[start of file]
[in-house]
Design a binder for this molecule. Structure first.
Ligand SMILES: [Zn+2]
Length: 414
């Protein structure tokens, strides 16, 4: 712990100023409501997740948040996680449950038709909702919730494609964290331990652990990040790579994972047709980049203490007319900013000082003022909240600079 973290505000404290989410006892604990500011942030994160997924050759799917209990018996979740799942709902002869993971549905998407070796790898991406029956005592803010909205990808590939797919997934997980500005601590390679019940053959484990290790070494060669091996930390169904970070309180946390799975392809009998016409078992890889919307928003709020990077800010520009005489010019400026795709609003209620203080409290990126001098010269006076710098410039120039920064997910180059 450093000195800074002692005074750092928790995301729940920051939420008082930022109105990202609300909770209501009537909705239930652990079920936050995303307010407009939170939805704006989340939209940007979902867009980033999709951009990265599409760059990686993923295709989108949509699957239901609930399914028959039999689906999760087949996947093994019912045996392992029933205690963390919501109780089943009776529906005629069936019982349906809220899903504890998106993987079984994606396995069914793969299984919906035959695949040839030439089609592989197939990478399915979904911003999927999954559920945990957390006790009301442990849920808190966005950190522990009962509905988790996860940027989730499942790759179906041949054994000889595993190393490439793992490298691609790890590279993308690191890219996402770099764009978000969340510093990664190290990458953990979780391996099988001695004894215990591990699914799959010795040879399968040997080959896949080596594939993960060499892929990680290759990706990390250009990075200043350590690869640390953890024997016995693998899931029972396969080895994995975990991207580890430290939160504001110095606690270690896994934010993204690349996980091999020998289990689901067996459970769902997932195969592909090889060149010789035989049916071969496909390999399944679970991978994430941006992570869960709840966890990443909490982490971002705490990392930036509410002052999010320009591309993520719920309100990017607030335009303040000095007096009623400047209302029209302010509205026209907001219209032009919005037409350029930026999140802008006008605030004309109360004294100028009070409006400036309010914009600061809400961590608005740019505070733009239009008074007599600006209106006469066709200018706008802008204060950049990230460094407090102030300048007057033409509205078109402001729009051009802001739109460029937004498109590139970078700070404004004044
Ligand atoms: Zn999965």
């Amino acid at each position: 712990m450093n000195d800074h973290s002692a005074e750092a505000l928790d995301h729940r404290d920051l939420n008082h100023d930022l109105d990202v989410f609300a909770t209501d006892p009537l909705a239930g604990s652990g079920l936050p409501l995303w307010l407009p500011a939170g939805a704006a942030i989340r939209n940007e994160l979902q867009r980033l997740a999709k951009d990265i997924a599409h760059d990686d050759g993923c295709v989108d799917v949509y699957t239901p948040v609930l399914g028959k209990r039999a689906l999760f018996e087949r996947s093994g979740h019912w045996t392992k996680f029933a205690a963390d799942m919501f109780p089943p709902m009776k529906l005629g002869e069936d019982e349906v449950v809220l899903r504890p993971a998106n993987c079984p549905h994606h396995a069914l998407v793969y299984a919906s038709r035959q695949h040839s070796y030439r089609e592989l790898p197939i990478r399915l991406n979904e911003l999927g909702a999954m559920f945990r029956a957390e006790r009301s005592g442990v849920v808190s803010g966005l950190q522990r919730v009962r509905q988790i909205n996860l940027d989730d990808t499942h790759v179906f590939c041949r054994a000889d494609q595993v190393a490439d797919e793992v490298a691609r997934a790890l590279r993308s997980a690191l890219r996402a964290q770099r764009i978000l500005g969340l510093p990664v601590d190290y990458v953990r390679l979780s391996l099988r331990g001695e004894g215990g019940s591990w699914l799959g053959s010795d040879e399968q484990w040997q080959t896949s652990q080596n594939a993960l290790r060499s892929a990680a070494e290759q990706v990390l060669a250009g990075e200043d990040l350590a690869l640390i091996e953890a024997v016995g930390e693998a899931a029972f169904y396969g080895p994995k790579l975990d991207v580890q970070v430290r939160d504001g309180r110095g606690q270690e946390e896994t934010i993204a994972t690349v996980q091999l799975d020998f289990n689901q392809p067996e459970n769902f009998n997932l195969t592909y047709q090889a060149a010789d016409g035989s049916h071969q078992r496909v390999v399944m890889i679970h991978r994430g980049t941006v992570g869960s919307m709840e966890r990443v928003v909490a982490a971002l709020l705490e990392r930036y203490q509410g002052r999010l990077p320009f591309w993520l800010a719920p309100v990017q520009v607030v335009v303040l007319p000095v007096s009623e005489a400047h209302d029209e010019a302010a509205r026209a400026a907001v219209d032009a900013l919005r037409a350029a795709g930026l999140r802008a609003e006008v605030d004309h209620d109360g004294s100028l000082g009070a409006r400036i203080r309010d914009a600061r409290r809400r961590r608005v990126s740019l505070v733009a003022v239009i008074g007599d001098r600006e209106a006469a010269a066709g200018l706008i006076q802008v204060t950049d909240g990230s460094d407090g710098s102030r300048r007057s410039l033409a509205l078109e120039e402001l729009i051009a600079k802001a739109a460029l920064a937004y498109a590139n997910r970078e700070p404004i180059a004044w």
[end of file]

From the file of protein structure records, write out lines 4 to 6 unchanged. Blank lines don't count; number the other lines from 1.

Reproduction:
Length: 414
């Protein structure tokens, strides 16, 4: 712990100023409501997740948040996680449950038709909702919730494609964290331990652990990040790579994972047709980049203490007319900013000082003022909240600079 973290505000404290989410006892604990500011942030994160997924050759799917209990018996979740799942709902002869993971549905998407070796790898991406029956005592803010909205990808590939797919997934997980500005601590390679019940053959484990290790070494060669091996930390169904970070309180946390799975392809009998016409078992890889919307928003709020990077800010520009005489010019400026795709609003209620203080409290990126001098010269006076710098410039120039920064997910180059 450093000195800074002692005074750092928790995301729940920051939420008082930022109105990202609300909770209501009537909705239930652990079920936050995303307010407009939170939805704006989340939209940007979902867009980033999709951009990265599409760059990686993923295709989108949509699957239901609930399914028959039999689906999760087949996947093994019912045996392992029933205690963390919501109780089943009776529906005629069936019982349906809220899903504890998106993987079984994606396995069914793969299984919906035959695949040839030439089609592989197939990478399915979904911003999927999954559920945990957390006790009301442990849920808190966005950190522990009962509905988790996860940027989730499942790759179906041949054994000889595993190393490439793992490298691609790890590279993308690191890219996402770099764009978000969340510093990664190290990458953990979780391996099988001695004894215990591990699914799959010795040879399968040997080959896949080596594939993960060499892929990680290759990706990390250009990075200043350590690869640390953890024997016995693998899931029972396969080895994995975990991207580890430290939160504001110095606690270690896994934010993204690349996980091999020998289990689901067996459970769902997932195969592909090889060149010789035989049916071969496909390999399944679970991978994430941006992570869960709840966890990443909490982490971002705490990392930036509410002052999010320009591309993520719920309100990017607030335009303040000095007096009623400047209302029209302010509205026209907001219209032009919005037409350029930026999140802008006008605030004309109360004294100028009070409006400036309010914009600061809400961590608005740019505070733009239009008074007599600006209106006469066709200018706008802008204060950049990230460094407090102030300048007057033409509205078109402001729009051009802001739109460029937004498109590139970078700070404004004044
Ligand atoms: Zn999965």